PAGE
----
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Tarot Reflections


  September 15, 2003

Shadow Meanings of the Strength Card
Sandra Thomson, CTGM

Sandra Thomson's specialty within tarot is that of an author and teacher. She is the co-author of three books (The Lovers' Tarot, Spiritual Tarot, and The Heart of The Tarot), the author of Cloud Nine: A Dreamer's Dictionary, and the author of a dictionary of tarot, Pictures from the Heart, published by St. Martin's Press.

She teaches tarot classes at the Philosophical Research Society (PRS) in Los Angeles, where she resides. Although she learned to read with the Rider-Waite-Smith deck, she is very fond of the Ancestral Path and the Shining Tribe decks, and uses them for comparative or special readings. She reads online for the ATA reading networks, and privately.


Psychologically the Strength card refers to "harnessing" or acknowledging our polarities: the feminine and the masculine, the divine in the body and the divine in instinct, conscious vs. instinct.  Christine Jette in Tarot Shadow Work identifies the polarities as rage vs. compassion. 

In the Ancestral Path card (XI: Strength) an African woman sits beside a lion.  Her touch "lulls," while the cloud lemniscate (many Strength cards depict the lemniscate, the figure eight on its side) above them suggests that in their "oneness" they are invincible (divine). 

The idea of harnessing comes into play in the notion that we must "control" our instinctual ("beast") personality component, its strength being symbolized by the body of the King of Beasts—also the concept of the spiritual "taming" the physical.  In Meditations on the Tarot, the anonymous author speaks of the card as representing "holy animality which bestial [or primordial] animality obeys."  In many Strength cards that which is clearly weaker (the female) controls that which is clearly stronger (the lion).  She is the Holy Lion, before which the earthly lion yields, as Meditations on the Tarot suggests. 

One way the shadow of this card is activated is when we fail to acknowledge the polarities within.  In the Ancestral Path and Robin Wood cards, the lion and the maiden are clearly not enemies—or, perhaps, the "harnessing control" has already occurred.  The failure to acknowledge, recognize, or integrate our polarities leaves us "possessed" by, i.e., in the grips of, one or the other.  In the passive sense, failure to acknowledge our destructive, aggressive impulses leads to an inability to identify with those who act out (or act on) their aggressive impulses ("No way am I like him!"  "I could never be the bitch that she is!") and gives us a false sense of superiority, covering insecurity and unrecognized doubt.  

Failure to acknowledge, in the more active sense, leads to the possibility that we will be power hungry, ruthless, and brutal in our aggression, as well as the possibility that we will be caught up in the plans or actions of such people (as Hitler was able to "catch up" his followers).  In following him blindly, they did not have to acknowledge their own aggression and personally resolve it; they remained unintegrated and unaware of their own inner rage and abusiveness.  They were, after all, only following their leader.  And isn't that what many on trial for their prison camp atrocities said, "I was just following orders"?  Not me, I'm not mean-spirited, cruel, and abusive.  I could never be that way.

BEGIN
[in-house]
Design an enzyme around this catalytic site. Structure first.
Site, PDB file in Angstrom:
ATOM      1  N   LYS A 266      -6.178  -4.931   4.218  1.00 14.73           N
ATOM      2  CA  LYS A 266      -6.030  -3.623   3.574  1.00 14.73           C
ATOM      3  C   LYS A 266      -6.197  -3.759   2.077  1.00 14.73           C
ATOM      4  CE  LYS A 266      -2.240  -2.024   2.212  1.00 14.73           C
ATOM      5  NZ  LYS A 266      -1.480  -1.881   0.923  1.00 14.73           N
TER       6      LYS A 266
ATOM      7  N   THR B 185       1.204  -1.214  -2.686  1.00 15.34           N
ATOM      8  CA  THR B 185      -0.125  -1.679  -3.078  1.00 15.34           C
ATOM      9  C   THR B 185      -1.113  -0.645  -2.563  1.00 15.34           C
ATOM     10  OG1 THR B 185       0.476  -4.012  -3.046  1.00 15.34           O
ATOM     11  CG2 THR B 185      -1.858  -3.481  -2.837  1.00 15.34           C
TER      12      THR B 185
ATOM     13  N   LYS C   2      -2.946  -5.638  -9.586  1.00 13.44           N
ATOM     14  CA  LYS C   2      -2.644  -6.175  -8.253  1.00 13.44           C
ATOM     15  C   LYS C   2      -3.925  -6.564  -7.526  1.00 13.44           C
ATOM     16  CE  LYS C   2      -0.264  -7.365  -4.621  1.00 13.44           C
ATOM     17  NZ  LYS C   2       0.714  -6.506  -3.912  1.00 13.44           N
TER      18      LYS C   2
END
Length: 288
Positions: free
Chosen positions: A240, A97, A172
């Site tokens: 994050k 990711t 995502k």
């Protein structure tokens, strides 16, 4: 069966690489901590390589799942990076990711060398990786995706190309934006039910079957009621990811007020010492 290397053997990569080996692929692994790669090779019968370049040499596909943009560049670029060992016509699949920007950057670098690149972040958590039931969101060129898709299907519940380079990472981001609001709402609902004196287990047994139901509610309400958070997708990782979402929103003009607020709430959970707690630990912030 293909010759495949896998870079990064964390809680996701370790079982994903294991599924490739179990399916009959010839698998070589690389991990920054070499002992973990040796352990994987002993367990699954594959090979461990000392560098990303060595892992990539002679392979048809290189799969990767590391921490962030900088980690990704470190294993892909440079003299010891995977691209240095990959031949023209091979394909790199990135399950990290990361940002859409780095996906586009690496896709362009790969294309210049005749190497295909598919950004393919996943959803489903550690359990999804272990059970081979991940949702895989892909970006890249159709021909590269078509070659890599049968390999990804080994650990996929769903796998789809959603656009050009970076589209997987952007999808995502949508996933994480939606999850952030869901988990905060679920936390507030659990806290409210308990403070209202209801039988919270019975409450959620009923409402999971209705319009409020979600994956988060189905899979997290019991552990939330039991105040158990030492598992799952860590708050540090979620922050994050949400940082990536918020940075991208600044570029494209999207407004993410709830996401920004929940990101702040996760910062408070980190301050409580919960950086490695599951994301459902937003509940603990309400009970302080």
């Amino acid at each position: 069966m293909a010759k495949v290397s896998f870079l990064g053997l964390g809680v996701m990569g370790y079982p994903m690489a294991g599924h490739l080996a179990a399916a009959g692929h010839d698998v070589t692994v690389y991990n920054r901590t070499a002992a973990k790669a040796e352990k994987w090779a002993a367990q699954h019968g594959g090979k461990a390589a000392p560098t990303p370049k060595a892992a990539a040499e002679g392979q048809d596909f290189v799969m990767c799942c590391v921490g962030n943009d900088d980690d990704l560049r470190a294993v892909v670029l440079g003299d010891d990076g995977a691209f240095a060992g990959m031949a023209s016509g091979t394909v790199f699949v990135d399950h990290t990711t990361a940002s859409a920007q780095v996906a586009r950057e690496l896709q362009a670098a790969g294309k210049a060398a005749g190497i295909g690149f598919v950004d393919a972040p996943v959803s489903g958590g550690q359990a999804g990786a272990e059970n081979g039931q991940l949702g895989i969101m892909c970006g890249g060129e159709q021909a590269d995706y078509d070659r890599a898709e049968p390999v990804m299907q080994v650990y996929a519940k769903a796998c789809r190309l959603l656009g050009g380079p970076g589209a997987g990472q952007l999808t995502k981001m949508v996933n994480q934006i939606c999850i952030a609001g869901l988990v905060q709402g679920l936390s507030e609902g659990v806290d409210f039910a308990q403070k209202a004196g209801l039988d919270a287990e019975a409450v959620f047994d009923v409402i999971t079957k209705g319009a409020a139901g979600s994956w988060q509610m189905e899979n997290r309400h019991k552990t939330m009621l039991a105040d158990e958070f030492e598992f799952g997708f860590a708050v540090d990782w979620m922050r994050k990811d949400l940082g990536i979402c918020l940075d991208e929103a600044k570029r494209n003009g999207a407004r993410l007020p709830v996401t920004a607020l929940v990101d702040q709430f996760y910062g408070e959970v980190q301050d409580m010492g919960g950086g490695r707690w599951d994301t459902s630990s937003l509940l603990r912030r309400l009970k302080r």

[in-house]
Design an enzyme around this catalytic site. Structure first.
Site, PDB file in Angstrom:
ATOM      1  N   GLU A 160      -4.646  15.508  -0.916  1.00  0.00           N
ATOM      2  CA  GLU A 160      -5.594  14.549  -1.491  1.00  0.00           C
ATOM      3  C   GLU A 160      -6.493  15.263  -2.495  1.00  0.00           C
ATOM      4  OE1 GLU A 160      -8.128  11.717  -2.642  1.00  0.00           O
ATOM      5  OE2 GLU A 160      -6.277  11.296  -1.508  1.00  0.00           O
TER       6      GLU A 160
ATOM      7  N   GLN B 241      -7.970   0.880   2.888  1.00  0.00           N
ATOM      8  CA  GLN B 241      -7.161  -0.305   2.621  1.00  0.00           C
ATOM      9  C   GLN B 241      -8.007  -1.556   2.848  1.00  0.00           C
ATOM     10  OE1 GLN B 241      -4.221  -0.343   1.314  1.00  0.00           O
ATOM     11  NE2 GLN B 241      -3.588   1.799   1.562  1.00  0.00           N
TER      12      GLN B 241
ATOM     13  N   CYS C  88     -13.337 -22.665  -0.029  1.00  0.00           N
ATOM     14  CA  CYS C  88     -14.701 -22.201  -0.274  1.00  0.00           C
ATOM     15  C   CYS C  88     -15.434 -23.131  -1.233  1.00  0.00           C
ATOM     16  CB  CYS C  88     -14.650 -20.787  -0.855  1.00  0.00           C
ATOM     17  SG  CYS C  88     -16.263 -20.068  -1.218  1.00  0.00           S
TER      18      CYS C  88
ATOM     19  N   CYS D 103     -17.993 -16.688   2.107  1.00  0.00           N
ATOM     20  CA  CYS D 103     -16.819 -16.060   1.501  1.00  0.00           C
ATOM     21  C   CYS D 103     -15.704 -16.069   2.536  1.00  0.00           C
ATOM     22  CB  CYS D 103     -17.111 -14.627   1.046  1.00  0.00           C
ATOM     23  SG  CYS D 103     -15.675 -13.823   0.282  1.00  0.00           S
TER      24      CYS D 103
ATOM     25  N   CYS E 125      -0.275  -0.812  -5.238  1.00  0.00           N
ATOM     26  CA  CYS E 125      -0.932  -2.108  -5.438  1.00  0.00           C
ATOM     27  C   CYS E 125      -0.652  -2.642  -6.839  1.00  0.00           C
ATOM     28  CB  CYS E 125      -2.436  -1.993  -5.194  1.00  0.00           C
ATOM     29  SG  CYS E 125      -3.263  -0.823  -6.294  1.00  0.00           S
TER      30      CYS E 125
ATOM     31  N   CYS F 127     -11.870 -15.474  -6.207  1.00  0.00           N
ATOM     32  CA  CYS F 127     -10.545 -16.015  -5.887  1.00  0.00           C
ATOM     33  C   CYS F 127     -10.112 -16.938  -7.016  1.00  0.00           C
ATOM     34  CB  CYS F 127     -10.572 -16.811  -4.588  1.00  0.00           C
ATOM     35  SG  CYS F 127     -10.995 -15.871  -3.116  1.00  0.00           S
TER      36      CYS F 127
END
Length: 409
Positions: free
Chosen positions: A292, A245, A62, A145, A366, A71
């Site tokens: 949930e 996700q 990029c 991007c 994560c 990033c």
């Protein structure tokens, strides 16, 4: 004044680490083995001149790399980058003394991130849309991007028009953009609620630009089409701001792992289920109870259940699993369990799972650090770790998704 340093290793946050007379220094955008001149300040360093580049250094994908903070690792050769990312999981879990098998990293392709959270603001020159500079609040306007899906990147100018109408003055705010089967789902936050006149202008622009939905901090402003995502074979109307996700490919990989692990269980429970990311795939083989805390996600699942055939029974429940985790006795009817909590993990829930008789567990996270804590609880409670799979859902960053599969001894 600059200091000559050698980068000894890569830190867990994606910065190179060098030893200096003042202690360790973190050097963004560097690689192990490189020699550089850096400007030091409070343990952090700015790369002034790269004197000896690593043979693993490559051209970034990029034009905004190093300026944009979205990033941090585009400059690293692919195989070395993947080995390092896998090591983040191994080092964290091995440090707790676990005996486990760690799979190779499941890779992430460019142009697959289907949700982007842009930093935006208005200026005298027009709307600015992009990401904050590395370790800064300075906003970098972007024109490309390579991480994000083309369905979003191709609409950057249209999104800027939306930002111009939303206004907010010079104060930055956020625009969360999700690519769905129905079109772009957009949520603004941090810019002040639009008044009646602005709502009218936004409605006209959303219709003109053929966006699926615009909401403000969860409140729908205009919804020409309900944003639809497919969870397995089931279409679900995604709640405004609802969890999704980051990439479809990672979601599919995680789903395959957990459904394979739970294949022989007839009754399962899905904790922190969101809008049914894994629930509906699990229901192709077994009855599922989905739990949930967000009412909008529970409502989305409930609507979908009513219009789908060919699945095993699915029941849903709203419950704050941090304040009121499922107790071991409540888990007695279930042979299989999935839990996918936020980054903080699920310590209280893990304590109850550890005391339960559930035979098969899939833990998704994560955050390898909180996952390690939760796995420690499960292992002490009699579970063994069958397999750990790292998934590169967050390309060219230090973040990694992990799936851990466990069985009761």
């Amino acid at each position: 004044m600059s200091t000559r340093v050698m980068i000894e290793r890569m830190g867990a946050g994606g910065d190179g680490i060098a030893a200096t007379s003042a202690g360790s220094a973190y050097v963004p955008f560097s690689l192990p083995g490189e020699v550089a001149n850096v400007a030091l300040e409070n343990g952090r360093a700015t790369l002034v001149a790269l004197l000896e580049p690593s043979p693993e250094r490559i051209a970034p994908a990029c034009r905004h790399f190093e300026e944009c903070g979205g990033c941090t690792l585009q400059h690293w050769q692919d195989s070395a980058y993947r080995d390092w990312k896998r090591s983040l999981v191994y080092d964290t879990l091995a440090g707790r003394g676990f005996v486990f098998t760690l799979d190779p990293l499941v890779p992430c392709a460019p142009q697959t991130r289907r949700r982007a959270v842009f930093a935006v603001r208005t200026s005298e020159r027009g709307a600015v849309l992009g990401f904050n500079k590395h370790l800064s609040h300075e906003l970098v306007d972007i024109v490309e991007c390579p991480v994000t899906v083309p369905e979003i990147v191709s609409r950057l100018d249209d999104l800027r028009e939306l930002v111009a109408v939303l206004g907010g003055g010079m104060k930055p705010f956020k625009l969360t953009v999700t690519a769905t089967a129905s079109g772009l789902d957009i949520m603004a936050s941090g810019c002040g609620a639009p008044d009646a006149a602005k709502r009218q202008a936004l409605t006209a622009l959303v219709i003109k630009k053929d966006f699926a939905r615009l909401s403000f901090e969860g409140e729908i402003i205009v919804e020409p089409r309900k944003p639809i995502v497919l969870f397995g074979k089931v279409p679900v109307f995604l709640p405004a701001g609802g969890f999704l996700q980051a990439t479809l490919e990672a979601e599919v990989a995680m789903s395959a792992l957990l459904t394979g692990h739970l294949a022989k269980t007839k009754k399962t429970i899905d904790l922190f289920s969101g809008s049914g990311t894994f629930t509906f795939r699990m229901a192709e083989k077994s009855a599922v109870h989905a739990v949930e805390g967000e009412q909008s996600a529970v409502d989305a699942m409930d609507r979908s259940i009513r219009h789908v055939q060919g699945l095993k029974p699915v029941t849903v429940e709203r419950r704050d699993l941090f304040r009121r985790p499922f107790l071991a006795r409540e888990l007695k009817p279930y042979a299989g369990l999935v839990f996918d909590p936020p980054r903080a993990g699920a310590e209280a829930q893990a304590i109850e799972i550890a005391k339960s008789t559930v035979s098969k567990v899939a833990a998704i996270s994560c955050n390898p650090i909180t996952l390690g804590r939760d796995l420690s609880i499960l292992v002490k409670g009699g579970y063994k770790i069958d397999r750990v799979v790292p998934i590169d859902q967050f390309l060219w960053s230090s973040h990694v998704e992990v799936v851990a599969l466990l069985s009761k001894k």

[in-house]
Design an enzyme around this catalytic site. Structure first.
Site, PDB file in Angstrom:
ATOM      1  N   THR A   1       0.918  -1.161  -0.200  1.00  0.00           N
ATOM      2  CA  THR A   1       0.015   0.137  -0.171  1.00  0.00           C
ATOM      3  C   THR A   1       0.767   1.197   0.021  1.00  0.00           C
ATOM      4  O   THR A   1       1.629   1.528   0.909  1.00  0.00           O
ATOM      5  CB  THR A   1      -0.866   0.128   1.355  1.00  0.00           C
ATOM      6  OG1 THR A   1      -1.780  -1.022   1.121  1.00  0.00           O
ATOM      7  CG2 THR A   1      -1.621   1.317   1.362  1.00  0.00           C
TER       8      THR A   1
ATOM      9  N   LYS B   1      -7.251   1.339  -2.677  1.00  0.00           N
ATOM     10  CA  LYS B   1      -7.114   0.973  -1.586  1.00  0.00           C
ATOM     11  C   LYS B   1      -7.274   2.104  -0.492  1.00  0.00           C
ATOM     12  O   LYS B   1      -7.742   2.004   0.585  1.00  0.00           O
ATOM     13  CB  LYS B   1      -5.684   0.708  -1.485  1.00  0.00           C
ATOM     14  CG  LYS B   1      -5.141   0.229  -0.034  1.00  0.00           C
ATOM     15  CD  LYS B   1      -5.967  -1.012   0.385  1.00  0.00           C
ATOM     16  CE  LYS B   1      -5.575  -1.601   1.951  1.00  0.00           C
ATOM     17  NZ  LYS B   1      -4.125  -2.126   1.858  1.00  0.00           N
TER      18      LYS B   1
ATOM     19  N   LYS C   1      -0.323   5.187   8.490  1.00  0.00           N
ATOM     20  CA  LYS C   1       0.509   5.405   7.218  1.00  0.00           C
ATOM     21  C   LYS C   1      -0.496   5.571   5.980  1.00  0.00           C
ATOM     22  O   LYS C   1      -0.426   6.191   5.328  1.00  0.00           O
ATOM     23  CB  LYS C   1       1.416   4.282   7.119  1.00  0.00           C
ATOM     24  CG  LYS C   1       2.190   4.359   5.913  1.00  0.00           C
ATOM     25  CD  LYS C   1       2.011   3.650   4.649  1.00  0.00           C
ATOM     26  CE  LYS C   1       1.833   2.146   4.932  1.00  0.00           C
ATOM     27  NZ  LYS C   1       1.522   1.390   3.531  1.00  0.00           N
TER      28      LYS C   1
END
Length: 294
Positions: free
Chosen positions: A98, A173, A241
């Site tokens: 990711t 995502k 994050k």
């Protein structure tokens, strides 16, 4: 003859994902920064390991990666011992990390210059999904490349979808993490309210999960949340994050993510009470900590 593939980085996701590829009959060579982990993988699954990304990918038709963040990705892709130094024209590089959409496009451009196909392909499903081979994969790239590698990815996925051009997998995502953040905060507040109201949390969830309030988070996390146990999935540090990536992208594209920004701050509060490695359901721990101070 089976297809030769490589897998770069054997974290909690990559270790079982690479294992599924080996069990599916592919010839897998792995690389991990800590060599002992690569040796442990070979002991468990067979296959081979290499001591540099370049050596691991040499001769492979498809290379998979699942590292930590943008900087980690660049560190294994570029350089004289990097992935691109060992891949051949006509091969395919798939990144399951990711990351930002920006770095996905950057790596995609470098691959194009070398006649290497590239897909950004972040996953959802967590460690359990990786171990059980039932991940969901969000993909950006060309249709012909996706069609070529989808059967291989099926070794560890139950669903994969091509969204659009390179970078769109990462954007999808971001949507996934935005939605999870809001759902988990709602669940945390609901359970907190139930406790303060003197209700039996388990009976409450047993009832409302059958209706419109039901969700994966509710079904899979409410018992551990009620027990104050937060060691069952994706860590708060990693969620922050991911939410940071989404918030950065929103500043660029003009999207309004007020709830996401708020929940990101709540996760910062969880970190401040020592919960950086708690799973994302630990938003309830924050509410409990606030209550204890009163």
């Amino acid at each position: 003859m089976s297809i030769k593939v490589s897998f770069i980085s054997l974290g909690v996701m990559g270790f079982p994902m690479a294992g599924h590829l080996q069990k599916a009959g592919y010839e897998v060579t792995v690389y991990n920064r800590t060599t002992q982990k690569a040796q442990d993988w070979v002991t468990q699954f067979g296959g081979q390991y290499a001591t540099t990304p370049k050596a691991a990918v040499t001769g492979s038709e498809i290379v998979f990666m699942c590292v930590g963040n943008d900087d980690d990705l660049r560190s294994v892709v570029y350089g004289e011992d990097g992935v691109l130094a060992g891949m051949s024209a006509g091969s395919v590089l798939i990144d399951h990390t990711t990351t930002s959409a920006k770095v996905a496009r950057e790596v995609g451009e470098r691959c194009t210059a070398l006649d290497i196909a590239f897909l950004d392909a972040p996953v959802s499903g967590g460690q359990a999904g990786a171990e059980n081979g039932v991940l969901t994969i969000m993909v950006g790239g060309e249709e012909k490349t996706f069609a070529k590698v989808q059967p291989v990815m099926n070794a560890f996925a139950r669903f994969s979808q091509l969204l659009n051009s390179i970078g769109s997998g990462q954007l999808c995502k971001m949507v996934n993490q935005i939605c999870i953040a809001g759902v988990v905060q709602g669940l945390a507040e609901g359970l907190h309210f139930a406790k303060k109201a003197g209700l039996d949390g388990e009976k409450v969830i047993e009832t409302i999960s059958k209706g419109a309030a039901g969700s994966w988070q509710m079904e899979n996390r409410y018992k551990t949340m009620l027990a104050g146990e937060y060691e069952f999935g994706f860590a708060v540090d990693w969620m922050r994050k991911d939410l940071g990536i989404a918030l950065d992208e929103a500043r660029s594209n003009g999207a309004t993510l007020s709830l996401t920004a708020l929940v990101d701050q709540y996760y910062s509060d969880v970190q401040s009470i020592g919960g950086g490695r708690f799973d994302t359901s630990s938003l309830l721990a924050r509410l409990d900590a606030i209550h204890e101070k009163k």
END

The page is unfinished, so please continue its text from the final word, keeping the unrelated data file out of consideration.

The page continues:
It seems to me also that failure of a male to recognize the feminine aspects of his personality could result in a bully or a homophobic person, while the failure of the female to recognize her inner masculine could result in an extremely compliant, clinging female, or a condescending, hostile female with no respect for, or enjoyment of, men (other than to "conquer" them in some way according to her own definition).  All these situations are the result of lumping together all "threatening" individuals, i.e., all "inferiors" (in the case of the bully), all homosexual persons (in the case of the homophobic), all men (as protectors or "infidels" to be conquered) in order to not be called upon to make some discriminating choices about others and oneself.

In the Tarot de Marseilles, the card is Force (XI), while in the Nigel Jackson deck the card also is XI, Fortitude.  Whatever its number and name, the Strength card is one of many cards in the deck that calls upon us to live in paradox.  The Egyptian lion-headed goddess Sekhmet was a goddess of war and destruction, yet at the same time she was also a goddess of medicine and healing.  Paradox.

In identifying what he calls the "survivor personality," psychologist Al Siebert has discovered that people who possess it are more comfortable than most in living in paradox and appreciating their own paradoxical nature.  He says they could also be called the "synergistic" or the "serendipitous" personality because they can see the positive in adversity, can develop coping strategies for a new/changed reality, can toy with their crisis and even poke fun at it, and in these varying perspectives become able to turn the situation around into something that turns out well rather than suffering in victimization.

So part of the shadow of this card would include failure or inability to turn adversity into something powerfully meaningful personally, and to "wallow" in the passive shadow aspect of this card, i.e., to remain a "shadow victim."      



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